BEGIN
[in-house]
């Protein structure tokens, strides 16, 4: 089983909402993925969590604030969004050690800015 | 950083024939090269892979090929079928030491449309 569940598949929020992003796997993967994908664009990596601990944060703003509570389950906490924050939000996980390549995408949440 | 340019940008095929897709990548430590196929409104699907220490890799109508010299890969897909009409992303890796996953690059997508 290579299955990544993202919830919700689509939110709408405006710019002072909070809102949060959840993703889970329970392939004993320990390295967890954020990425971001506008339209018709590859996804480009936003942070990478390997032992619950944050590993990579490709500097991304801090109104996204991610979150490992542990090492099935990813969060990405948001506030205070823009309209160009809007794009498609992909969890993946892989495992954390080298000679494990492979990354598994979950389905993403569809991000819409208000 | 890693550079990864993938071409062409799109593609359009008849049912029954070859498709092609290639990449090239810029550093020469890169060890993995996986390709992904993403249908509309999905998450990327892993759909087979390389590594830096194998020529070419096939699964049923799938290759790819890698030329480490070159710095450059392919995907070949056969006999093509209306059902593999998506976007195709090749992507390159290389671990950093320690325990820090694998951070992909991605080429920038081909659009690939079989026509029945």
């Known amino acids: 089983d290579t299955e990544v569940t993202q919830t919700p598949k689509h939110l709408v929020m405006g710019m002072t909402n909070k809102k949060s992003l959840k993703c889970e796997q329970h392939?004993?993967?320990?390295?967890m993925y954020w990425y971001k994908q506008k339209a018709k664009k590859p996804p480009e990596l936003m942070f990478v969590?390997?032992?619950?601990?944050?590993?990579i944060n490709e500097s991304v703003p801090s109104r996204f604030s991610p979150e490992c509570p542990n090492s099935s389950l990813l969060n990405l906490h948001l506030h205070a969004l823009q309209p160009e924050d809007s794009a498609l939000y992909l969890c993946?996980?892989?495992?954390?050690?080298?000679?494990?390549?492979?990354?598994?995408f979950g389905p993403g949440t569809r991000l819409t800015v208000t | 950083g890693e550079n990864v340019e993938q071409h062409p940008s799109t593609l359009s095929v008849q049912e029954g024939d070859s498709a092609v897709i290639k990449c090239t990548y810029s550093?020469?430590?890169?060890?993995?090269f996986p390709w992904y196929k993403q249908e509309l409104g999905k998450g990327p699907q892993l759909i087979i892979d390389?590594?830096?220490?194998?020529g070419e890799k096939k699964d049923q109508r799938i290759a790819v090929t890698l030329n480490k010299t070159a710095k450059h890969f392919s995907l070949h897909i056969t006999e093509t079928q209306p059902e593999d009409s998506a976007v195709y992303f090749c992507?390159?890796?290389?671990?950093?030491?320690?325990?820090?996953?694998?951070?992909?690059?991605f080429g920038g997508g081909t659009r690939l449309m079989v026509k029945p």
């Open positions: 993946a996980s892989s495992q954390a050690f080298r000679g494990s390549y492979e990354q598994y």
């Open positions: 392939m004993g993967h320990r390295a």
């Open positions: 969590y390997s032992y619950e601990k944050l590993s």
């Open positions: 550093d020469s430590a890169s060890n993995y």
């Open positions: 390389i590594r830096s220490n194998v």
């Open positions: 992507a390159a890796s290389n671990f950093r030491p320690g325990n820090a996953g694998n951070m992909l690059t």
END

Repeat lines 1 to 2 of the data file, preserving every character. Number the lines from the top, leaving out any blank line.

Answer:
[in-house]
């Protein structure tokens, strides 16, 4: 089983909402993925969590604030969004050690800015 | 950083024939090269892979090929079928030491449309 569940598949929020992003796997993967994908664009990596601990944060703003509570389950906490924050939000996980390549995408949440 | 340019940008095929897709990548430590196929409104699907220490890799109508010299890969897909009409992303890796996953690059997508 290579299955990544993202919830919700689509939110709408405006710019002072909070809102949060959840993703889970329970392939004993320990390295967890954020990425971001506008339209018709590859996804480009936003942070990478390997032992619950944050590993990579490709500097991304801090109104996204991610979150490992542990090492099935990813969060990405948001506030205070823009309209160009809007794009498609992909969890993946892989495992954390080298000679494990492979990354598994979950389905993403569809991000819409208000 | 890693550079990864993938071409062409799109593609359009008849049912029954070859498709092609290639990449090239810029550093020469890169060890993995996986390709992904993403249908509309999905998450990327892993759909087979390389590594830096194998020529070419096939699964049923799938290759790819890698030329480490070159710095450059392919995907070949056969006999093509209306059902593999998506976007195709090749992507390159290389671990950093320690325990820090694998951070992909991605080429920038081909659009690939079989026509029945």